Unfortunately, due to the world in which we live in, architecture is often times overlooked as a form of healing for addicts. For, a majority of the time, when one thinks of recovery for those struggling with substance abuse, his/her mind automatically draws to options such as rehab.
However, in doing so, a number of people frequently miss the treatment that lies in the simplest of things—such as the elements that surround them in that of a constructed building. In turn, there are a number of principles listed—and/or important aspects—that architects must take into account when constructing a place of recovery for addicts, but one of the most important is evidence based design.
Evidence based design—which is also known as EBD—is defined as “the process of basing decisions about the built environment on credible research to achieve the best possible outcomes”. It is through this process that architects are able to better assess, judge, and plan before acting/engaging in the design itself.
Not only that, but evidence based design has become prominent in healthcare design because most hospitals aim to construct ‘healing setting’ for their patients. In turn, they must know what they are building—and how they are going to go about building it—to better fit the patients’ needs. For, there are certain aspects which can help better promote the healing—and/or recovery—such as the color, shape, place, size, etc. As a result, evidence based design allows architects to determine what is needed, for what is being built, by looking at past research, and basing their decisions off such.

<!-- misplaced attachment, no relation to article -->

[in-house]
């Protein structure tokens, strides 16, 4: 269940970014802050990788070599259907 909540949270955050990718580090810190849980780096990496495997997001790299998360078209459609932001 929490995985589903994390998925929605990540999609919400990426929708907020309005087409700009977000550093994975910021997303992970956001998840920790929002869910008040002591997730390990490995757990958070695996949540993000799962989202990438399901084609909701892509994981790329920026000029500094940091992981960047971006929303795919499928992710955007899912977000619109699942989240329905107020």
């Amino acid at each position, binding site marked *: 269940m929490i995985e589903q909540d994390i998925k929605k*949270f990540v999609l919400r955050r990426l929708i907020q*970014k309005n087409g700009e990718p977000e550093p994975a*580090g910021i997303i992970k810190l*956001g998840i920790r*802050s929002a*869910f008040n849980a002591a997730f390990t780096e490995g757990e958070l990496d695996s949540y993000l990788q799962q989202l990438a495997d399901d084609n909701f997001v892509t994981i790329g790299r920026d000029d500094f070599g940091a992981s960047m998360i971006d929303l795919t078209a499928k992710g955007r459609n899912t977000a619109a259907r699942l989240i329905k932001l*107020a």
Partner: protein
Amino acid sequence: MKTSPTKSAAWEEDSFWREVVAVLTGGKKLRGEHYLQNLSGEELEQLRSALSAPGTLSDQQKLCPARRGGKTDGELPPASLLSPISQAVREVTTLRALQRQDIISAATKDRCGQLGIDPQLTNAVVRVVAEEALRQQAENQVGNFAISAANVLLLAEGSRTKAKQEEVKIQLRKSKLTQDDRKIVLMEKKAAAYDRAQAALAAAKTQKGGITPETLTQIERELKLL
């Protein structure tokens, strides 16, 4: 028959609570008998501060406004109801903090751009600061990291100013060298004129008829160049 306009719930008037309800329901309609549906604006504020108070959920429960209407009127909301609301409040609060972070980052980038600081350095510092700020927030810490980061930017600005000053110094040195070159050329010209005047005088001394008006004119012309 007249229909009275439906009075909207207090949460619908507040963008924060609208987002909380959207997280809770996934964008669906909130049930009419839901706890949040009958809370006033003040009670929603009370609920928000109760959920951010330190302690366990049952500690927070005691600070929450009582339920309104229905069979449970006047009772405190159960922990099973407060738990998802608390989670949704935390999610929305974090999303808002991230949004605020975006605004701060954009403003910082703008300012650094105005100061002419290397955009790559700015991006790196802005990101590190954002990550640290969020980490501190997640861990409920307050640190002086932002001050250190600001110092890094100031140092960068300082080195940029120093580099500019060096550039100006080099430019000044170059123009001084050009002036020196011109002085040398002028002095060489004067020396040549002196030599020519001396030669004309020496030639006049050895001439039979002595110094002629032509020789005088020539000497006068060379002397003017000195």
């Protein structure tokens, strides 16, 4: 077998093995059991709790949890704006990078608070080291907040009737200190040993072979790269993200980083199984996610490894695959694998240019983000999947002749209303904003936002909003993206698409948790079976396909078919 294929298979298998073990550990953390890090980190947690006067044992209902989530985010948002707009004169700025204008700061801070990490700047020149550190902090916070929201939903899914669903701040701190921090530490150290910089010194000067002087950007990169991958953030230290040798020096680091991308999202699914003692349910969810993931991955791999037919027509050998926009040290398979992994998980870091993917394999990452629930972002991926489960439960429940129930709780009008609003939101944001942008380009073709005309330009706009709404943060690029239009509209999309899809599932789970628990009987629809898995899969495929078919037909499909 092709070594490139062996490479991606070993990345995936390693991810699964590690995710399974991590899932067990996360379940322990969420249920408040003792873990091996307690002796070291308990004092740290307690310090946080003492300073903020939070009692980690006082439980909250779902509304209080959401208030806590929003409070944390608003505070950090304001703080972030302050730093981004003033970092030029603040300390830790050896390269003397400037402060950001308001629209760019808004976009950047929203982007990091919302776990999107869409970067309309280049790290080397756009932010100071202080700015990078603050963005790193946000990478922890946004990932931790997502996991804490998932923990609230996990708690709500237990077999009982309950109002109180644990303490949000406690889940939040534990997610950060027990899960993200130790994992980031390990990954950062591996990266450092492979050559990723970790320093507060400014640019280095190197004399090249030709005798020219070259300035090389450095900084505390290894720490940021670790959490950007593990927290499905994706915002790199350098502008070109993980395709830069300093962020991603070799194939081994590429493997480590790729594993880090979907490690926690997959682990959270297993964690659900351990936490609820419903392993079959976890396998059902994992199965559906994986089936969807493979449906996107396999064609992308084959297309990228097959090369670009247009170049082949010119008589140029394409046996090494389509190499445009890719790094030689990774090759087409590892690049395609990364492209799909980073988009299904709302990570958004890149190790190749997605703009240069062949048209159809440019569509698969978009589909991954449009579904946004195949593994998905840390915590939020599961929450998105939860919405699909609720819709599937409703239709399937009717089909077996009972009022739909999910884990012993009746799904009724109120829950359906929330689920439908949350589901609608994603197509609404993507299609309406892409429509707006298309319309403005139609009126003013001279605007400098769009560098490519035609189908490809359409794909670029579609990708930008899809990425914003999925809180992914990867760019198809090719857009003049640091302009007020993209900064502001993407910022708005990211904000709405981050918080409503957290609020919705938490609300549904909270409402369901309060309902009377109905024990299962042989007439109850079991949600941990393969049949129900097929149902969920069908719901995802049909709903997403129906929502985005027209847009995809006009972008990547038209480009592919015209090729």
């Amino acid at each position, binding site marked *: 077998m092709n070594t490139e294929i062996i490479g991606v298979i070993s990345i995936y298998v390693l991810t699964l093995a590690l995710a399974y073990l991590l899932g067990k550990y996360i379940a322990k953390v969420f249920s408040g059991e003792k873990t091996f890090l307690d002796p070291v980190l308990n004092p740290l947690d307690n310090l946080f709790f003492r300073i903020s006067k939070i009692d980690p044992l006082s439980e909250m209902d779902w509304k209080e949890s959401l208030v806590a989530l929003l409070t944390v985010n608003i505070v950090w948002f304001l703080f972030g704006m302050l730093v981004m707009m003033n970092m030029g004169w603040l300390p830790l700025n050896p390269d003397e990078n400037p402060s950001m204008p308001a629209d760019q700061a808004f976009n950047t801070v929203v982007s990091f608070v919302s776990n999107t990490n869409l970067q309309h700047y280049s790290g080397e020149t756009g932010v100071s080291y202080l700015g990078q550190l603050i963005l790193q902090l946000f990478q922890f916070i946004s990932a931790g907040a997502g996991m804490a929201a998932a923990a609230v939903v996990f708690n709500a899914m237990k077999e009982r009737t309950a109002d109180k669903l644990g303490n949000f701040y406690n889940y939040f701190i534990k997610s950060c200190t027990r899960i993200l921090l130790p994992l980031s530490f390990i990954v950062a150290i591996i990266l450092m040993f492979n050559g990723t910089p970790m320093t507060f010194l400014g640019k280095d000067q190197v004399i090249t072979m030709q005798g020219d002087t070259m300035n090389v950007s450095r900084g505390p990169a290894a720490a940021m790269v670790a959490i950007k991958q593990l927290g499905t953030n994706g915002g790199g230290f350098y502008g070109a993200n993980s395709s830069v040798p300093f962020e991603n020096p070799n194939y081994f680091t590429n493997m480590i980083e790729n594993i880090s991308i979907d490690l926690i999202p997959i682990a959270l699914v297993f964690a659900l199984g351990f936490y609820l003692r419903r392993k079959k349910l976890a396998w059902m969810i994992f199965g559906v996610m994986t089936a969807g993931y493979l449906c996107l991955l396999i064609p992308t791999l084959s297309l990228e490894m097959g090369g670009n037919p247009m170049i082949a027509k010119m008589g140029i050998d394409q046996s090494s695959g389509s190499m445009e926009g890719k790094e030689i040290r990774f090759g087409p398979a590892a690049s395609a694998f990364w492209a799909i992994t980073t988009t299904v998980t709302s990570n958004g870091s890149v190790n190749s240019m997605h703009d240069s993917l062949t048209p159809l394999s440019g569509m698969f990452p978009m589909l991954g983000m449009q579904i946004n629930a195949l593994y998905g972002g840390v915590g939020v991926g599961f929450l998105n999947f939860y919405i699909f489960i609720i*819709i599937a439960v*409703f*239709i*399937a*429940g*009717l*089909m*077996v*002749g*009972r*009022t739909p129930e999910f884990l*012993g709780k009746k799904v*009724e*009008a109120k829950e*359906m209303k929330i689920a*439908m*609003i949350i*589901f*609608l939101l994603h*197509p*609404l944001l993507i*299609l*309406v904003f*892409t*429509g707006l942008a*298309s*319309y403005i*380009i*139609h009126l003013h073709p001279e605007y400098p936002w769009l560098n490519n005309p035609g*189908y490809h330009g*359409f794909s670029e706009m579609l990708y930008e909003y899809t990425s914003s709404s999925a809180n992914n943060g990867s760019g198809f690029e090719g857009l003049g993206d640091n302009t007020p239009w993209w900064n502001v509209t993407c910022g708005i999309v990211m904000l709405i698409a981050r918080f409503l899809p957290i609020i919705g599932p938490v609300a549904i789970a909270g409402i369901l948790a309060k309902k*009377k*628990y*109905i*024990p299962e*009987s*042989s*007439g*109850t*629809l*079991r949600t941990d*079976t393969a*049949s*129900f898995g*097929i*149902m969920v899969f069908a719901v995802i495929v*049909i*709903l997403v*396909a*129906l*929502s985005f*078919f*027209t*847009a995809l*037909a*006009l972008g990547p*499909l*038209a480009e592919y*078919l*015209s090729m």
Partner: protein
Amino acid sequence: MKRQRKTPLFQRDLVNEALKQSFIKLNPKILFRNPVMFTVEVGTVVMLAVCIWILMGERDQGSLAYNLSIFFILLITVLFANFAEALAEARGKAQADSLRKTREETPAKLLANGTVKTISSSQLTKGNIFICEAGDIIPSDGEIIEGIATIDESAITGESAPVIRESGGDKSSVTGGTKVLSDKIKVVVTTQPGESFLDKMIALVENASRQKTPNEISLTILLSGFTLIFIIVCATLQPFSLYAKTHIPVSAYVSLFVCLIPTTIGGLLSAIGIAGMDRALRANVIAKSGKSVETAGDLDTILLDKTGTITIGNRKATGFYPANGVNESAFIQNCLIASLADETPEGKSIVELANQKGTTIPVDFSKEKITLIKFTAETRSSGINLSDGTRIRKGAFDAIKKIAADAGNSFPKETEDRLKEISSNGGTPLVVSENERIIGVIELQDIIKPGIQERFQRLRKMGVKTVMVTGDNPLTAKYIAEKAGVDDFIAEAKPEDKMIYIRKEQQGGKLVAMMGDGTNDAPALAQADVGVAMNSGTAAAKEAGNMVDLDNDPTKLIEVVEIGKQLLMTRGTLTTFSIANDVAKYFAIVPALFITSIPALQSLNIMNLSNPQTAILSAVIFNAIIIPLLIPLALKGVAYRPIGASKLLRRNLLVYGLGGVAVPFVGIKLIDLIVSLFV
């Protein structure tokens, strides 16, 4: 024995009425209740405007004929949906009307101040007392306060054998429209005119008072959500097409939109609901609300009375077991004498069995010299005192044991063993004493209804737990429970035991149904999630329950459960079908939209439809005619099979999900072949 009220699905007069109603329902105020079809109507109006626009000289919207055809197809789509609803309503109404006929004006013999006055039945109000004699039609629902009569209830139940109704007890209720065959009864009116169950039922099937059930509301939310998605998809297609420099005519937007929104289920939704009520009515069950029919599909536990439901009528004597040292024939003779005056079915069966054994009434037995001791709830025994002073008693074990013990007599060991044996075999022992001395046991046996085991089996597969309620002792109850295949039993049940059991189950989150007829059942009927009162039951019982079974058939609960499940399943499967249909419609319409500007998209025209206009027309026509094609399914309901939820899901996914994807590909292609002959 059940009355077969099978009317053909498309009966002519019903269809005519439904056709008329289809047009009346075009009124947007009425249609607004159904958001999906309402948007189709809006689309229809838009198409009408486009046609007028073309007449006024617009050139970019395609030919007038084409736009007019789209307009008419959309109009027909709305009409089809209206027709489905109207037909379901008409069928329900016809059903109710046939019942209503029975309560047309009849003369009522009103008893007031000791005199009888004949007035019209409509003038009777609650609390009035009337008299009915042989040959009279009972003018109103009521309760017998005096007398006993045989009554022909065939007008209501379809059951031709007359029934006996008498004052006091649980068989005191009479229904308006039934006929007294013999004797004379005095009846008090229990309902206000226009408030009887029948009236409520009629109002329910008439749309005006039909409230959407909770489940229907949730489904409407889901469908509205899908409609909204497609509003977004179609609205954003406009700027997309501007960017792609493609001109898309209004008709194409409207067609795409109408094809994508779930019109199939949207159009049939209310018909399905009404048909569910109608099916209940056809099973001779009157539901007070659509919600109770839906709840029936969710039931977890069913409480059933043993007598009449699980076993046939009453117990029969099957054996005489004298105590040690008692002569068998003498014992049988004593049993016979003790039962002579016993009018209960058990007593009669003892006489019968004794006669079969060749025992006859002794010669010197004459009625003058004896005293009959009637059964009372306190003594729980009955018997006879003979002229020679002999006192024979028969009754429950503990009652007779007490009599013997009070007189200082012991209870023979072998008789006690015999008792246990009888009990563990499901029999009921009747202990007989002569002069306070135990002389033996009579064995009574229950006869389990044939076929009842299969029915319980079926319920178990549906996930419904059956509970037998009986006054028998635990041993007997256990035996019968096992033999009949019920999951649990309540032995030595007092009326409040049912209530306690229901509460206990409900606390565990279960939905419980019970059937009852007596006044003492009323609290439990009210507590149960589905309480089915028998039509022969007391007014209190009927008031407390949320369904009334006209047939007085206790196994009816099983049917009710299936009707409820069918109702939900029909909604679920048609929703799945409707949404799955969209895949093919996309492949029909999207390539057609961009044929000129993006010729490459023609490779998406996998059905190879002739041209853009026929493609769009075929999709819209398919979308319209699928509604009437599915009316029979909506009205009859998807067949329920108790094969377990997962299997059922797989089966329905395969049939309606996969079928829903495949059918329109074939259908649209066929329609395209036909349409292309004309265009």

Consequently, many patient rooms—in our modern day world—still lack the color and natural sunlight that they need to promote a healthy well-being in that of the individual. In fact, research shows “the influence of well designed environments on positive patient health outcomes, and poor design on negative effects including longer hospital stays”.
In conclusion, evidence based design allows architects to not only build in a way that serves as more efficient, but to also construct with not just the project in mind, but the person/patient. Such a process allows them to do such, without going head first into a project blind eyed—and unaware—as to the way in which it should be built. As a result, recovery can be constructed for future patients of a in-treatment rehabilitation facility—allowing them to regain their health more quickly—by simply being uplifted/healed through aspects such as; window lighting, the color of the room/walls, and so on.